This is a continuation of the discussion about PTSD from TBI – Exploring some possibilities.
The next factor in the development of PTSD, according to Belleruth Naparstek, is “a longer duration of exposure to the trauma, or a greater number of exposures within a certain period of time — in other words, the “dose” experienced.” (Invisible Heroes, p. 49) Victims of domestic abuse that lasts for years and years, those exposed to war, and also helpers and first responders, are particularly susceptible.
As I discussed in my last post PTSD from TBI — Like being trapped in an abusive household, TBI can – and often does – result in repetitive “micro-traumatic” experiences which all add up over time to clog the system with biochemical stress sludge. What’s more, in the initial period after the injury — and even weeks, months, and years after the TBI — you’re pretty much bombarded by a constant stream of “micro-traumatic” experiences, which all adds up to a hefty dose of post-traumatic stress.
There really is no way around it. Your brain is functioning differently from how it used to — and as far as you’re concerned (and everyone else), it’s functioning wrong. Everything is starting to slide, nothing seems familiar anymore, and there doesn’t seem to be anything you can do about it. Chances are, your wits aren’t about you, so you’re not 100% aware of how different you are from how you used to be — your behavior and your thinking are all sort of jumbled up, so nothing is really clear. But still, you’ve got this mounting sense that something is not right, and you can’t figure out what it is, or what to do about it.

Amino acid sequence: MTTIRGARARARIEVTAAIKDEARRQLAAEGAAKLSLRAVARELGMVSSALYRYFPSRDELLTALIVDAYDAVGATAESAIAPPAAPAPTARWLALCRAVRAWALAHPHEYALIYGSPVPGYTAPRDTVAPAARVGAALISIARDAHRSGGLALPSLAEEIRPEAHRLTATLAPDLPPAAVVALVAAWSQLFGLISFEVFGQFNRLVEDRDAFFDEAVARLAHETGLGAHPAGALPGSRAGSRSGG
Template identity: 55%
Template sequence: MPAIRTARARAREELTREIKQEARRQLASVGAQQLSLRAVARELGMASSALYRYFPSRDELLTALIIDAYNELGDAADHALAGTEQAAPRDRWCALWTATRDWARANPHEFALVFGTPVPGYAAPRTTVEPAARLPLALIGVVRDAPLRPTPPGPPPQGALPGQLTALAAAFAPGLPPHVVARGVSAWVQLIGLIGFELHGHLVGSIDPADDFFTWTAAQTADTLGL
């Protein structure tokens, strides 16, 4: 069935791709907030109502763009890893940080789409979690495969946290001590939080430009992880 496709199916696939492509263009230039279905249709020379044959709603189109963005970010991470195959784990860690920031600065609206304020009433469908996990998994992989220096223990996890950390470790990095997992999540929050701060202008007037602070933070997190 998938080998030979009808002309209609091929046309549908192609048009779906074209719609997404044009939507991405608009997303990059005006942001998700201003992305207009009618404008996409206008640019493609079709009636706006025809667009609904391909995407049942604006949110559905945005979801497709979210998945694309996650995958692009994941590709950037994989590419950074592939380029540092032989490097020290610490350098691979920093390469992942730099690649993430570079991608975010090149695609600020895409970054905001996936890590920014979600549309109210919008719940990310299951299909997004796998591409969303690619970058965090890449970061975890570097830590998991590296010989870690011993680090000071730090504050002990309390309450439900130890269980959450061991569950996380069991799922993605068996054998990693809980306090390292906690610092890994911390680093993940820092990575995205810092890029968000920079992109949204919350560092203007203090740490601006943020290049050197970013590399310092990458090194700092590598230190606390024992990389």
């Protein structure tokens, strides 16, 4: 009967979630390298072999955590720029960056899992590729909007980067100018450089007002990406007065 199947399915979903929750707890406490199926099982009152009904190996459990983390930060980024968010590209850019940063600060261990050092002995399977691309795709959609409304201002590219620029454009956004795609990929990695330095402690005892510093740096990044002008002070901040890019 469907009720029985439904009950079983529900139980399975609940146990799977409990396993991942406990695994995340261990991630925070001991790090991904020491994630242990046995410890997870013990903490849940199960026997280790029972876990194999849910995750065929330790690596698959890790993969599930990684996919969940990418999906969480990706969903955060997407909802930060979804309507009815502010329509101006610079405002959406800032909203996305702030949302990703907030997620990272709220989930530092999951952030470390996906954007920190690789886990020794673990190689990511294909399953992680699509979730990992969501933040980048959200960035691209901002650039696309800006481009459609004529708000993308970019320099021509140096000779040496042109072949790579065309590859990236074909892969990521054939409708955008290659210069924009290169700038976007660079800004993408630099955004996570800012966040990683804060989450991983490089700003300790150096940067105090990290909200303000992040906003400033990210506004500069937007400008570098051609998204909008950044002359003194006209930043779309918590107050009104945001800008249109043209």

Depending on your reaction, and depending how you interpret your experiences, you can be primed for some real PTSD in the weeks and months following a TBI. If you’re determined to do and be and work and live and play exactly like you were before your injury, you’re in for a lot of rude awakenings. And if nobody is around to explain to you how the brain is affected by TBI, it can be frightening – terrifying, even.
So, yeah, it’s a big dose of trauma. Over an extended period of time. And if your family and friends and surroundings aren’t understanding or helpful, it can prolong the pain and also exacerbate it. Ignorance and fear rarely help anything. And when pushing you to “just be normal again” is the chief strategy, it can open the door to even more traumatic experiences over time.
Adjustment on some level is necessary, but when you’re under intense pressure to be something you’re no longer inclined to be, it adds even more stress — and more trauma. And the longer you put off making necessary adjustments, the longer you prolong your suffering, and impact your mental health.
It’s hard to describe this whole process to someone who’s never experienced TBI or some other condition that puts them at odds with how they “should” be, but if you’ve been there, I’ll bet you know what I’m talking about.